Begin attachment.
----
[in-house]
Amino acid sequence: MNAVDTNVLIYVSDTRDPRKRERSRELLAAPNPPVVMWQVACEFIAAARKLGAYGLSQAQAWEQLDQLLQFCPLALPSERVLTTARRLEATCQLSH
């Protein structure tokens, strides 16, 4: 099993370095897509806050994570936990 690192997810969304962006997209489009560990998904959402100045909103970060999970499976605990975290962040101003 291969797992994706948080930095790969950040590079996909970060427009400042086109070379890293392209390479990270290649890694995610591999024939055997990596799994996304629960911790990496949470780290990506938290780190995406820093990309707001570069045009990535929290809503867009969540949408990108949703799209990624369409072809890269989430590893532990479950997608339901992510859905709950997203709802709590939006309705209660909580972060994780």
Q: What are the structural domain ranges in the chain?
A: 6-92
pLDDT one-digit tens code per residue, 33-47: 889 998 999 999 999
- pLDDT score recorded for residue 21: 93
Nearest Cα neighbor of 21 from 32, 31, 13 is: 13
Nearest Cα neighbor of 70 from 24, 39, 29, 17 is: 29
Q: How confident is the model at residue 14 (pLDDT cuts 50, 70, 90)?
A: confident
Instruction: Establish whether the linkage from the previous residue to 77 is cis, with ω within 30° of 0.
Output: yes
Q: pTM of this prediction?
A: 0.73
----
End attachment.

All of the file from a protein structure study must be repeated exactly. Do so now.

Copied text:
[in-house]
Amino acid sequence: MNAVDTNVLIYVSDTRDPRKRERSRELLAAPNPPVVMWQVACEFIAAARKLGAYGLSQAQAWEQLDQLLQFCPLALPSERVLTTARRLEATCQLSH
């Protein structure tokens, strides 16, 4: 099993370095897509806050994570936990 690192997810969304962006997209489009560990998904959402100045909103970060999970499976605990975290962040101003 291969797992994706948080930095790969950040590079996909970060427009400042086109070379890293392209390479990270290649890694995610591999024939055997990596799994996304629960911790990496949470780290990506938290780190995406820093990309707001570069045009990535929290809503867009969540949408990108949703799209990624369409072809890269989430590893532990479950997608339901992510859905709950997203709802709590939006309705209660909580972060994780």
Q: What are the structural domain ranges in the chain?
A: 6-92
pLDDT one-digit tens code per residue, 33-47: 889 998 999 999 999
- pLDDT score recorded for residue 21: 93
Nearest Cα neighbor of 21 from 32, 31, 13 is: 13
Nearest Cα neighbor of 70 from 24, 39, 29, 17 is: 29
Q: How confident is the model at residue 14 (pLDDT cuts 50, 70, 90)?
A: confident
Instruction: Establish whether the linkage from the previous residue to 77 is cis, with ω within 30° of 0.
Output: yes
Q: pTM of this prediction?
A: 0.73